More work on the color modulation for the winter white wash (with oil paints). The effects are subtle, but I think there is more richenesss to the tints.
There is also some lovely dripping, streaking, chipping and accumulations that help selling the idea of a badly weathered winter camo.
I’ll be ready to add mud and dirt!
My favorite part (it’s oddly satisfying to mess-up a good paint job!).
Ain’t life great? 🙂
Yep! It’s improving!
I added some chipping and a dark brown wash. I used white oil paint to correct and improve the contrast of some areas in the winter wash. I also used very light touches of burnt sienna oil paint to simulate rust. Artist’s oil paints are marvelous to work with, but take a long time to dry. I’ll have to leave this model alone for a few days to let the paint dry (it is applied VERY thin, mind you, otherwise it could take weeks or even months to dry).
When the paint will be dry enough, I’ll give the model a clear coat (Tamiya Flat Clear) and I’ll be ready for the next steps (including pigments and mud effects).
So far so good!
PS: The pictures in this post are a bit yellowish because I swapped a del light bulb in my lighting setup for an incandescent light, without adjusting my camera. Doh! Anyway, I think they’re good enough for now…
Just a quick update on my BT-7.
I applied the winter wash and did the chipping effects with hairspray. I am not 100% satisfied with the look of it, but some color modulation with oil paints and some weathering will probably do the trick.
More to come real soon.
A very recent build of mine for the beginning of the year: A 1935 BT-7 Soviet Light Tank from Zvezda.
The tank was easy to put together. I just had a hard time with the engine grill. They are made out of the nylon (I presume) mesh provided with the kit. This mesh is very springy and quite tough, so it was hard to cut it to the right dimensions and bend it to shape. The end result is ok, but I gave up trying to make it perfect…
Another problem with this kit was the tracks. I had to remove half a link to adjust it to the wheels, so I had to cheat a bit to hide the fact that the succession of guiding teeth is not even. It’s a minor detail and probably hardly noticeable but… A bit frustrating anyway.
I added a few details like some missing rivets, clear glass lenses for the headlights (not visible on the photos yet), raised details on the eternal fuel tanks, etc.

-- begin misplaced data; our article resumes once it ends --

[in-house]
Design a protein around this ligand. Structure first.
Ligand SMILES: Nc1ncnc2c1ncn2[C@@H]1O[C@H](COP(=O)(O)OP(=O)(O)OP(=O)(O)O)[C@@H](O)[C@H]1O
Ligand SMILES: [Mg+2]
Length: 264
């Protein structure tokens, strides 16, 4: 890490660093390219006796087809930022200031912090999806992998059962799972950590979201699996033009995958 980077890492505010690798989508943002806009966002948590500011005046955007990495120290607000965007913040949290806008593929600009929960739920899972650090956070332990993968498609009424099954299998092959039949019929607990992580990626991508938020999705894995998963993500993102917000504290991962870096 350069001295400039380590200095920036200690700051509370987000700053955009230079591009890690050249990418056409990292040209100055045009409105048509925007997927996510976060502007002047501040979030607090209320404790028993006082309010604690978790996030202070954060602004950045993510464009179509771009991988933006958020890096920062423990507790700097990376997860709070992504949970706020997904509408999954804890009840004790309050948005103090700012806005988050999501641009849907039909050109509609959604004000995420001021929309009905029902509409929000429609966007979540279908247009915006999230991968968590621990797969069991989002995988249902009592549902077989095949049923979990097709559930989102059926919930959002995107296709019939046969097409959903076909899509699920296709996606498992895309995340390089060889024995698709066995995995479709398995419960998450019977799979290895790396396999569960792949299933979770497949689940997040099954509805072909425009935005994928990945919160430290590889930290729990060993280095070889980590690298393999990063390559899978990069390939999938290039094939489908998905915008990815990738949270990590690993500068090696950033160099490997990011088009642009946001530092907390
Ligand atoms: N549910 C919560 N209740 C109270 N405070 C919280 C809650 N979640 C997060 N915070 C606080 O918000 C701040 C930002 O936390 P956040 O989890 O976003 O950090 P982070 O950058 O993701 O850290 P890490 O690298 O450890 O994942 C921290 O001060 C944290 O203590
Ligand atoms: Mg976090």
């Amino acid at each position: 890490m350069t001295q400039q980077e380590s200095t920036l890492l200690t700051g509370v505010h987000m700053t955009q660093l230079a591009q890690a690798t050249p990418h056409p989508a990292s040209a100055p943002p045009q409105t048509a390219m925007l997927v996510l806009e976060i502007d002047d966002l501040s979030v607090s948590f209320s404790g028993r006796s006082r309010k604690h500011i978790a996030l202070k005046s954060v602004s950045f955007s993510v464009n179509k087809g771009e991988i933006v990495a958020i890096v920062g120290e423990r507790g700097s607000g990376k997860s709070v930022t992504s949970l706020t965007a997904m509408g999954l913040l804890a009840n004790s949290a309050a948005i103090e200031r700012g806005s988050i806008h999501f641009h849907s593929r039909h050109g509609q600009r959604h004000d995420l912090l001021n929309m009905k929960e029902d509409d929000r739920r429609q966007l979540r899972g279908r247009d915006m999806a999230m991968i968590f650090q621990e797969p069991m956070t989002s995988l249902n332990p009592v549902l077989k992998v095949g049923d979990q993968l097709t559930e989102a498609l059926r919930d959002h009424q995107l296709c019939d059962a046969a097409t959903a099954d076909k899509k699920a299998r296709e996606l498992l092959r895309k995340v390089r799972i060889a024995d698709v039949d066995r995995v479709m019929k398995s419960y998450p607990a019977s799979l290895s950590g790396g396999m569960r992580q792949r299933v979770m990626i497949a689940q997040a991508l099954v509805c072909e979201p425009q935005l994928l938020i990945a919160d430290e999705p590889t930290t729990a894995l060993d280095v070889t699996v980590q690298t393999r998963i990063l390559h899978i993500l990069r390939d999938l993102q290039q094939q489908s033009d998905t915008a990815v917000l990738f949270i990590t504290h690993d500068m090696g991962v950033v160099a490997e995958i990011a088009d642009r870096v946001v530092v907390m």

For the painting and weathering, I decided to go for a winter camouflage (Defense of Leningrad, 51 Battalion winter 1942/43). I found very little references for this type of winter camo on soviet tanks, but from the sources I had, it looks like it was a field applied white wash. I could be wrong, but I think it will look cool.
For now, the little devil is painted with Tamiya XF-67 Nato green, with subtle highlights of a 50/50 mix of Nato green and XF-4 Yellow Green. A filter of oil paint (Windsor & Newton Oxide of Chromium) was also applied on the whole model to make the green a little bluish.
Decals were applied, as well as one coat of varnish (Future floor finish). It is ready for white wash and weathering!
Wow! It’s been a while since I posted anything!
My 2020 resolution: post a little more than in 2019…
Beginning with this completed diorama for my Panzer 35(t). I tried new techniques for the weathering, using very diluted enamel paints (Humbrol) to create dust accumulation effects.
For the diorama, I also tried using a static grass applicator (battery powered). The result is ok, but I think I will need more pratice to achieve better looking results.
I wanted to suggest a scene in france at the start of the war, hence the road sign for Lisieux (printed on an ink jet printer).
The fence is an accessory from an old Tamiya kit. I used the hairspray chipping technique on this to get a well worn look. The ground is made with 2 part epoxy putty (Apoxy sculpt).
Enjoy the pics! And keep an eye on this blog: another post is coming soon!